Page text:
AtomicNumber and Mass Atoms of each element contain a characteristic number of protons and electrons, which are equal.
The number of protons determines an element’s atomicnumber (Z) and distinguishes one element from another.
Isotopes of the same element will have the same atomicnumber but different mass numbers.
For example, the atomic mass of chlorine (Cl) is 35.45 because chlorine is composed of several isotopes, some (the majority) with an atomic mass of 35 (17 protons and 18 neutrons) and some with an atomic mass of 37 (17 protons and 20 neutrons).
Given an atomicnumber (Z) and mass number (A), you can find the number of protons, neutrons, and electrons in a neutral atom.
The atomicnumber is the number of protons in an element while the number of protons plus the number of neutrons determines the mass number.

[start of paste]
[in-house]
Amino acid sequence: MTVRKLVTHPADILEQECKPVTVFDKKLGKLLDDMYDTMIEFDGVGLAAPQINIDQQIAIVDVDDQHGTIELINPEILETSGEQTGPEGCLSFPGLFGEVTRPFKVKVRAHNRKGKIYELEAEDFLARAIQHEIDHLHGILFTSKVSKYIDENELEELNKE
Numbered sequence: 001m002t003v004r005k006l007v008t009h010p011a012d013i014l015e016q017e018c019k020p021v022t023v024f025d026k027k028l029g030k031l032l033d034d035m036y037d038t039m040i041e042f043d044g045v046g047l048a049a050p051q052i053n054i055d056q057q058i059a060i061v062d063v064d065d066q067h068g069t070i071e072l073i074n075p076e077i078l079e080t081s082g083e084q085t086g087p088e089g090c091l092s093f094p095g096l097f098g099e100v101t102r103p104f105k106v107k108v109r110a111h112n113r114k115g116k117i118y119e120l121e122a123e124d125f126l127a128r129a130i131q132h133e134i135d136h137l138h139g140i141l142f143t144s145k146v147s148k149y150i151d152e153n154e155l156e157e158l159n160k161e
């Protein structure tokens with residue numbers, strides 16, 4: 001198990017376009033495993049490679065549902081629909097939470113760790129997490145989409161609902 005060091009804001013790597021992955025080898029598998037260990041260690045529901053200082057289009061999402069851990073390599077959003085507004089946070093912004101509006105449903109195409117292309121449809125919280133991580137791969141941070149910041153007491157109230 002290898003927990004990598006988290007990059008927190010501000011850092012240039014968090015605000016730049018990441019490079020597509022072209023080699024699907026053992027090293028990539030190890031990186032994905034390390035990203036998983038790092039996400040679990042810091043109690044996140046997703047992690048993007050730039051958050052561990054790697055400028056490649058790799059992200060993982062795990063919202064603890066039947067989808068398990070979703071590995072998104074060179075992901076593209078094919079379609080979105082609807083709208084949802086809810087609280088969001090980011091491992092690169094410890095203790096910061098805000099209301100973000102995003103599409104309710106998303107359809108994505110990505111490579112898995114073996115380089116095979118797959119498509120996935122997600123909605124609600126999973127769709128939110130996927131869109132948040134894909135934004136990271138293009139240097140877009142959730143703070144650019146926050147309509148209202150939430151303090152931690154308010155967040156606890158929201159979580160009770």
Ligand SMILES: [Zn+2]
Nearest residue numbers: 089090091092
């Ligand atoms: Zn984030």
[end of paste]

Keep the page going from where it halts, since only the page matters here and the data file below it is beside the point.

In the periodic table the elements are organized and displayed according to their atomicnumber and are arranged in a series of rows (periods) and columns (groups) based on shared chemical and physical properties.
In addition to providing the atomicnumber for each element, the periodic table also displays the element’s atomic mass.
Looking at carbon, for example, its symbol (C) and name appear, as well as its atomicnumber of six (in the upper left-hand corner) and its atomic mass of 12.11.
Electron Shells and the Bohr Model As previously discussed, there is a connection between the number of protons in an element, the atomicnumber that distinguishes one element from another, and the number of electrons it has.
In all electrically-neutral atoms, the number of electrons is the same as the number of protons.
Each element, when electrically neutral, has a number of electrons equal to its atomicnumber.
These orbits form electron shells or energy levels, which are a way of visualizing the number of electrons in the various shells.
These energy levels are designated by a number and the symbol “n.” For example, 1n represents the first energy level located closest to the nucleus.